From the weekend, minus some on my laptop
November 6, 2006 § Leave a comment
At that moment, another man walked in the room. The recruitment guy seemed relieved, mumbled some excuses, and left. I wasn’t sorry to see him go. The new guy was talking at me, but I hadn’t heard a thing he said up to this point. As he was talking, he had managed to make a complete circle of the room, checking things on the machines. His hands fidgeted with everything: his coat, his watch, even his hair. He was constantly picking things up only to put them right back down again. I winced every time his hands flew near a glass test tube or the jars of reagents. I was so busy watching his hands that the only thing I picked up from his monologue was his name.
“Michael, is it? Maybe you can help me here. The last guy didn’t tell me anything. What is this place?”
“Really? He’s new, you can’t really blame him. I think you’re the first new recruit he’s processed. Come with me, I’ll give you the real tour. You like coffee? We can go get coffee.” He left no room for argument, and practically bounced back out the door he came from. I had a hard time keeping up, even though he was a good few inches shorter than me. His twitching hands made me wonder just how many cups he’d had today already.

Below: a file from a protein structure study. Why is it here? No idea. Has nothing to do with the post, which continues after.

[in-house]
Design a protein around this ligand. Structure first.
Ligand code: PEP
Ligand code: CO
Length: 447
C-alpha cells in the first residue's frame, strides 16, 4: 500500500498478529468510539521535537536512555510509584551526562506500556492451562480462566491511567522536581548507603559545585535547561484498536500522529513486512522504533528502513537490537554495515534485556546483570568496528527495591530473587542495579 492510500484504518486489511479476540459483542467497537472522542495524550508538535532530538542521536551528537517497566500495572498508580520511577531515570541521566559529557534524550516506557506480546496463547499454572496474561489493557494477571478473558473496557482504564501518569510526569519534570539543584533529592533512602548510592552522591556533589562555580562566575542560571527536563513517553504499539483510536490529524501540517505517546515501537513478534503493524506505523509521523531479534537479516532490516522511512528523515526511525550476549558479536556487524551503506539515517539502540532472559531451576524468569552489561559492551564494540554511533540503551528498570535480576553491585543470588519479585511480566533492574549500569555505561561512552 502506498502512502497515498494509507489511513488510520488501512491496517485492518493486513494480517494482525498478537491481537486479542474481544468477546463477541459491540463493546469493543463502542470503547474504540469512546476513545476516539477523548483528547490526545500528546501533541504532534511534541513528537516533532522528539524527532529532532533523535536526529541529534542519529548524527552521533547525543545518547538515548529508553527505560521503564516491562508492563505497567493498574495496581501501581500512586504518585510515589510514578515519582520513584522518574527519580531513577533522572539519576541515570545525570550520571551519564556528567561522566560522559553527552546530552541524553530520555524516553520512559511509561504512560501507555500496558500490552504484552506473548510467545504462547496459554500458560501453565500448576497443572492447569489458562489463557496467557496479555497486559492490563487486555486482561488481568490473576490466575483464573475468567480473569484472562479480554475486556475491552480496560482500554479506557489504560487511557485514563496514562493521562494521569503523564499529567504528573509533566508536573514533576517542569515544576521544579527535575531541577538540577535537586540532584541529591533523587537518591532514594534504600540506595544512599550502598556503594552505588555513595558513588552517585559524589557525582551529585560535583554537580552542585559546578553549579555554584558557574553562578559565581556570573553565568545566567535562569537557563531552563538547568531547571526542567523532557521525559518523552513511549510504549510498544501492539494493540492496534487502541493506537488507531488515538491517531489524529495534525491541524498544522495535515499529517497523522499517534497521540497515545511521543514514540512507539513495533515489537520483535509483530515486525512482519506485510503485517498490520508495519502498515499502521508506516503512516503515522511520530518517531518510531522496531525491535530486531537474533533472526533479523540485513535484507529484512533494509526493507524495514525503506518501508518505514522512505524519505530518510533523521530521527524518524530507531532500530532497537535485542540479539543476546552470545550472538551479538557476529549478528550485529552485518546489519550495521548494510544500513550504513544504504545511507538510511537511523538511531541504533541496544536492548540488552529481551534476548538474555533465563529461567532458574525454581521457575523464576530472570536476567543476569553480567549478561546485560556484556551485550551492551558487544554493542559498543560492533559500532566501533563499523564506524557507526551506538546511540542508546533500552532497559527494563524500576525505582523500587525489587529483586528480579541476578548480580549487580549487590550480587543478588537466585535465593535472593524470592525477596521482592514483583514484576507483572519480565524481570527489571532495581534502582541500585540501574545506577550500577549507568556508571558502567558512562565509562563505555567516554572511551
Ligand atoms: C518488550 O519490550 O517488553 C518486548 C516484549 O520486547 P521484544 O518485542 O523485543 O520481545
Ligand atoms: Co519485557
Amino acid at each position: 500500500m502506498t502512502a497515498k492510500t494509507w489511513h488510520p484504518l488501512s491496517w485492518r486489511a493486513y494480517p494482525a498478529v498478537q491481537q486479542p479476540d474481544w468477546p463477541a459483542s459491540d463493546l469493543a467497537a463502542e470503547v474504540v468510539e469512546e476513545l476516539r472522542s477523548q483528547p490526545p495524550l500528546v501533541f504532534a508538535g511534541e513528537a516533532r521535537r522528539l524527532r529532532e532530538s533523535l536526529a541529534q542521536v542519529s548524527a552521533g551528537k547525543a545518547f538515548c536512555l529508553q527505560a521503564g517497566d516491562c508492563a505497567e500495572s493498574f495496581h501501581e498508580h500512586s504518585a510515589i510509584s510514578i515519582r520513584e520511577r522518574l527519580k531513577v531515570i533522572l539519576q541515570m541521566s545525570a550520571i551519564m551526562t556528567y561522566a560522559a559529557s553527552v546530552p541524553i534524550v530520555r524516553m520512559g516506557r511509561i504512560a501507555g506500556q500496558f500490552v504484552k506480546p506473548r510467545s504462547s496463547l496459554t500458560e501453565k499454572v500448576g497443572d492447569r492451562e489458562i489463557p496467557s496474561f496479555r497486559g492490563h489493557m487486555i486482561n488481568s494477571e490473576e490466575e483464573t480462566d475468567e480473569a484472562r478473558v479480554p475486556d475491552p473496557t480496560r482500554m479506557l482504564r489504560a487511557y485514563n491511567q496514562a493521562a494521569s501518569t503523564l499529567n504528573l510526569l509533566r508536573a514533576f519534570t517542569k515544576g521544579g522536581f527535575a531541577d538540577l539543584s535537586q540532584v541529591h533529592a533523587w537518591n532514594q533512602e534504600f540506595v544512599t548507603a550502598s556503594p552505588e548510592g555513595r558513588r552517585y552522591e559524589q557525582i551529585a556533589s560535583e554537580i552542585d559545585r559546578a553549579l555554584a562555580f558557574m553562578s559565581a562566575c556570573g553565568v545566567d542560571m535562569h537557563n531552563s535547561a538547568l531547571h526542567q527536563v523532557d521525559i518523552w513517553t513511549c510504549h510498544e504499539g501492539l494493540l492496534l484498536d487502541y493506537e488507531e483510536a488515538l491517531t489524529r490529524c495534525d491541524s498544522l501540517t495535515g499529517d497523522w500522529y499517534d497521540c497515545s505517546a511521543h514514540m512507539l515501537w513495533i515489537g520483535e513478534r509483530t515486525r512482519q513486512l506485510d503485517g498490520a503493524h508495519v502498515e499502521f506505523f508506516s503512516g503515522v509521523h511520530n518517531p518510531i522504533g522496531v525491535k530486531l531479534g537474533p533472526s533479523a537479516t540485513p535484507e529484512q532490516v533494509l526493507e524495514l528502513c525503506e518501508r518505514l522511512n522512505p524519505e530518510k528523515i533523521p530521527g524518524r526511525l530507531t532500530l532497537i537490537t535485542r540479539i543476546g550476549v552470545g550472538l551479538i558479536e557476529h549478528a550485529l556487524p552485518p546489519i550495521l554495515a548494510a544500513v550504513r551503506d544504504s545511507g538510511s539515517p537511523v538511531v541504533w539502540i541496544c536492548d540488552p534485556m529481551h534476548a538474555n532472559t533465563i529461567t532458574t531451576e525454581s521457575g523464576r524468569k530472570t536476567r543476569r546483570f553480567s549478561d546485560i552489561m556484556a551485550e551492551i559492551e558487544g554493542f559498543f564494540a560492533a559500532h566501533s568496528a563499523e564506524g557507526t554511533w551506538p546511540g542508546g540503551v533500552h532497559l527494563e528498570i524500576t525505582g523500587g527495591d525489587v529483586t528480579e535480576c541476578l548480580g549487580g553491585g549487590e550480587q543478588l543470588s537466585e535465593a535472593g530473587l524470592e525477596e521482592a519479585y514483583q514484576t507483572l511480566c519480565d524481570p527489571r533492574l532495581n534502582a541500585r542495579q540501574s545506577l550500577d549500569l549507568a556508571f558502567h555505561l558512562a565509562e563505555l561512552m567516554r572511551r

“Tell me about yourself,” he said as we walked down the maze of corridors. I hoped I wouldn’t have to remember my way back.
“I can’t remember anything. They erased it.” It felt strange to say, as though I was a character in some kind of science fiction movie.
“Start with your name. It’ll start coming back. They only take some stuff, but it feels like everything to begin with.” Somehow that wasn’t a comfort.
“My name’s Alexa.”
“Nice to meet you. Oh, here we are!” The room we entered was only marginally larger than the lab we had left. Several coffee machines gurgled contentedly in a corner, and Michael motioned for me to sit in one of the worn chairs surrounding an equally worn table. His agitated hands were a blur as he poured the coffee into mugs of questionable cleanliness while simultaneously groping for sugar packets. I expected him to drop something, but somehow he managed to juggle the coffee over and set it down in front of me. “I didn’t ask what you wanted because I know you’ll like it this way.” I liked my coffee black, but it didn’t seem worth it to argue the point. I took a polite sip to humor him. “So you were saying?”
“About me? Well, like I said, all I can remember…” But suddenly there was something; a memory that seemed almost foreign. Breaking my arm while climbing on the jungle gym in the fourth grade. I couldn’t remember the sensations, but it was a vague feeling that it had happened.
“Where did you go to school?” he was asking me. I looked up at him sharply; it was almost as though he knew what I was thinking. It was a ridiculous thought, but then again I hadn’t thought people could erase your memory either. He seemed confused at the look.